Jack Priestley’s Family History
This site is a work-in-progress. There is a massive amount to cover. I have included both male and female lines. Keep coming back for more.
I have numbered the generations working backwards from Jack’s as (1)
EARLY PETTYS (17)
Jack is descended from the Petty/Petyt family of Skipton in Craven twice over.
The surname occurs variously as Petty, Pettye, Pettie, Petyt. It comes from the Norman French ‘Petit’, meaning ‘small’ or ‘short’. This points to the family having Norman origins. It is a name that could have been given to a number of men, not necessarily related. There are early instances as far apart as Cornwall and Kent.
William Dawson, in his History of Skipton, has traced the ancestry of William and Sylvester Petyt, lawyers and benefactors to Skipton charities.  Since Jack is descended from their youngest sister Isabell, these are his ancestors too.
In the 1690, William Petyt, lawyer and politician, born in Storiths, was granted a coat of arms. It has strong similarities with the arms of John le Petit who held lands in Cornwall in 1262. Both coats of arms feature a red lion, but since William, who was Keeper of the Records at the Tower of London, played a large part in designing it, this may have been wishful thinking.
William believed he was descended from the Cornwall Petyts. They were allied to the Carminows, who claimed to be descended from King Arthur. There is also said to be an unverified marriage between Michael Petyt of Cornwall and Amicia, daughter of Thomas l’Arkdekne. In 1312 this Thomas l’Arkdekne (who is an ancestor of Jack’s wife Fay) was governor of Tintagel Castle, though a very unpopular one.
The Petyts were already in the Storiths area in the early 14th century.
It may be significant that William Petyt grew up at the Red Lion in Skipton.
William Dawson used the Herald’s Visitations of Yorkshire to trace the family line back to Henry Petty, who died early in the early 16th century and was buried at Bolton Abbey. But the Pettys were associated with the ancestral home of Storiths and Hazlewood, above Bolton Abbey, even earlier than that.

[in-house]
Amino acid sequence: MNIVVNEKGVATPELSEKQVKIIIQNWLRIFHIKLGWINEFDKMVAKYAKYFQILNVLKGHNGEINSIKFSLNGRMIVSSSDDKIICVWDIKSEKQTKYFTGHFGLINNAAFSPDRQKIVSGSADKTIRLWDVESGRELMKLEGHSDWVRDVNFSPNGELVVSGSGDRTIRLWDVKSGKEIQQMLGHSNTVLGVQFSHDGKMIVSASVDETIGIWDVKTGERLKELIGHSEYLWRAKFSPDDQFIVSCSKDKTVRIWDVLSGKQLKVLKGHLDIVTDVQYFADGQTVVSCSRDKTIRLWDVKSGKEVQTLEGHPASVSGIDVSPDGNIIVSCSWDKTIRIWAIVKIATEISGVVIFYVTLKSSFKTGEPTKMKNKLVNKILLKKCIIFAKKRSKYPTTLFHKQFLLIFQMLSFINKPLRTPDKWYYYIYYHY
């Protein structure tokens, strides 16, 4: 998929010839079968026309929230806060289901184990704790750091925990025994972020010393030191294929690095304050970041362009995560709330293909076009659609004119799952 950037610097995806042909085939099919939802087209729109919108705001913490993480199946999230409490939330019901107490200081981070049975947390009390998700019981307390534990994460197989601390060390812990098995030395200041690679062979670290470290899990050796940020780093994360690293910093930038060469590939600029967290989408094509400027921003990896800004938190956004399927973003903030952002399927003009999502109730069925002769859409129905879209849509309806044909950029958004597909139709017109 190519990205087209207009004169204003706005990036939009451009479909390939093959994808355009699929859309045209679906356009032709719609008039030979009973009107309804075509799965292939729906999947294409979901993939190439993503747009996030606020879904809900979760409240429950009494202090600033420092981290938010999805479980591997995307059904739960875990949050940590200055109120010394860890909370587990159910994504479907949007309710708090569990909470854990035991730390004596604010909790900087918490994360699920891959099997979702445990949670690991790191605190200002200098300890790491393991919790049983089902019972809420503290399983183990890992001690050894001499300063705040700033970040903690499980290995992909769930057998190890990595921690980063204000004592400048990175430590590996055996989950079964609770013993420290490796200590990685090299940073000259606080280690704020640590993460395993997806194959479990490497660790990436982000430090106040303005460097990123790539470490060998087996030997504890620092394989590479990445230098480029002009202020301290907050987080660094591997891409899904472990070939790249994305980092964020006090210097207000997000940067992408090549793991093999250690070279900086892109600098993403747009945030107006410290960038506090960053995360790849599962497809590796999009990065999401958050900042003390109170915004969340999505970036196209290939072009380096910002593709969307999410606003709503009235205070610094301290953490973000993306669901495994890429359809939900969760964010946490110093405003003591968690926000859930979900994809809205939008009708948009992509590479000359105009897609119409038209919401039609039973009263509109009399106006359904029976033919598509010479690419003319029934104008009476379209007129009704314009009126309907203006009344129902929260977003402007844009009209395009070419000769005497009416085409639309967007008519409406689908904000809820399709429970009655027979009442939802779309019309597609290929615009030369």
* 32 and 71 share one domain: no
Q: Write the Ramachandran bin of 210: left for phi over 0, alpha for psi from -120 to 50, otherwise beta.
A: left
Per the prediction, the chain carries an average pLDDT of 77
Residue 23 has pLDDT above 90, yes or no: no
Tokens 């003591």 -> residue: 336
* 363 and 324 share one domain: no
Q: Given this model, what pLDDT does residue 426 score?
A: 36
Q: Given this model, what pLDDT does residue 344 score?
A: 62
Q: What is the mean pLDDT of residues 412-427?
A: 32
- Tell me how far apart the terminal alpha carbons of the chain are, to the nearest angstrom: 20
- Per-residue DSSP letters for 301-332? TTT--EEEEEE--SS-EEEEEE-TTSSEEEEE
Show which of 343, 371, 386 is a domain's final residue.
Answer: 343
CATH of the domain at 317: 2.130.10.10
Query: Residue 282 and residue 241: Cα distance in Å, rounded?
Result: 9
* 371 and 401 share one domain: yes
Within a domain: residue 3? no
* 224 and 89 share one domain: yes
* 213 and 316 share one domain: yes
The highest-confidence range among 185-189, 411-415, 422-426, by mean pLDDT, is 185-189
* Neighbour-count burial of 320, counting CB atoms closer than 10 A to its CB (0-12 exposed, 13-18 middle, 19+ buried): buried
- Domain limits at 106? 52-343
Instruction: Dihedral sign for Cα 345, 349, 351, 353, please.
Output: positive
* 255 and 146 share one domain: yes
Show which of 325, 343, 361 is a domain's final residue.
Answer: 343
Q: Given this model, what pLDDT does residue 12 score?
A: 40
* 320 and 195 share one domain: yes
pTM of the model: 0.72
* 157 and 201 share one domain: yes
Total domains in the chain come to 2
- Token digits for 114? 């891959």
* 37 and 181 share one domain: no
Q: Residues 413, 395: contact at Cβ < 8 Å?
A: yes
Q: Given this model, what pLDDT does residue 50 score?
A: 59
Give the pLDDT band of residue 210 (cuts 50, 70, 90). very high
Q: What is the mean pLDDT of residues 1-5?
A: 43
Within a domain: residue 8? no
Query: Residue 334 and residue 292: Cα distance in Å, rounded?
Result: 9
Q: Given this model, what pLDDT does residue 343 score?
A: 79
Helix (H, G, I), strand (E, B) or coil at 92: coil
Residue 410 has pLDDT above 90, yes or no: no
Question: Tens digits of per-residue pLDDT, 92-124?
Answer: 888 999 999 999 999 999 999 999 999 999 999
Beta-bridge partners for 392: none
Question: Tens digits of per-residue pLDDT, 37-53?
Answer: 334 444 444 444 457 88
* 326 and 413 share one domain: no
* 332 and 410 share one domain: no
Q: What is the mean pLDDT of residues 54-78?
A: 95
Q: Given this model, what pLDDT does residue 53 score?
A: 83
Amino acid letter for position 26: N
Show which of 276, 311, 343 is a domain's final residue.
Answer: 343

We meet them first in 1317. Gillian Waters tells us:
“On October 1317, a John le Petit and Elias his brother attacked the manor of John de Rither at Hazelwood. .. It is fairly certain that the manor mentioned is the Hazelwood near Storithes in the vicinity of Bolton Abbey.
“John de Rither, described as the King’s yeoman, held the manor of Hazelwood briefly from 1318-23 during the minority of his nephew William. The family had obviously been split by the recent tensions between the greater magnates in the run up to Henry of Lancaster’s rebellion against King Edward. John de Rither’s older brother Robert de Rither had fought against Edward II at the Battle of Boroughbridge in 1321 and had been imprisoned in York castle with various other prisoners for a fine of 400 marks in 1322. An attack on the manor of Hazelwood during John’s tenure indicates that the Petits probably sided with the rebel Henry of Lancaster.”
The Lancasters were among the rebels who sided with Queen Isabella and Roger Mortimer in their bid to take the throne from the unpopular Edward II.
Waters continues: “it is perhaps significant that the damage done to the estate was, quite frankly, malicious. John and Elias Petit broke the gates and timber at Hazelwood manor, felled trees and trampled hay. It is quite likely that this action was one of retaliation in some minor feud over land, rights or boundaries… John le Petit and his brother Elias were reprimanded by the King in a writ in January 1319. It is not certain what happened to the unruly pair.” 
The Laund Oak, Hazlewood 
The Laund Oak was a magnificent old tree on the site of an ancient hunting lodge in Hazlewood, just off Storiths Lane. It blew over in 2016. It was thought to be more than 800 year old, so it would have been a mature tree in the time of our early Petits in Hazlewood and Storiths. It is reputed to be named after John Laund, Prior of Bolton, 1286-1330.
Waters believes that the Petits gained lands in Yorkshire as early as the 13th century and were based in East Yorkshire. She quotes property deeds and tax assessments in the East Riding, a Robert Petit of Pickering accompanying Eustace de Codesbache during the Scottish campaigns of Edward II, and a Richard Petit abducting Agnes de Beyghale, wife of John, at Ferrybridge. But the attack on Hazlewood manor shows that they were in West Yorkshire early in the 14th century too.
We meet them again in the 15th century. Thomas Petyt is listed as renting a cottage and two acres of land at Storiths from Bolton Priory in 1473. 
Also in 1473, a Richard Petty held eight acres of land and meadow at ‘Hesilwode’ [Hazlewood, a mile from Storiths] valued at 5s and another 12 acres of foreland called Wilflat worth 7s.
We cannot be certain that these were ancestors, but they would have been closely related.
Thirty-eight years later, in 1509, we have the will of Henry Petty, who is the earliest of Jack’s known ancestors of this name. He was buried at Bolton Abbey and his son John lived at Storiths. Henry is likely to have known Thomas Petyt and Richard Petty and may well have been related to them.
 Dawson, William Harbutt,, History of Skipton. 1882. https://archive.org/stream/historyofskipton00daws/historyofskipton00daws_djvu.txt
NEXT GENERATION: 16. PETTY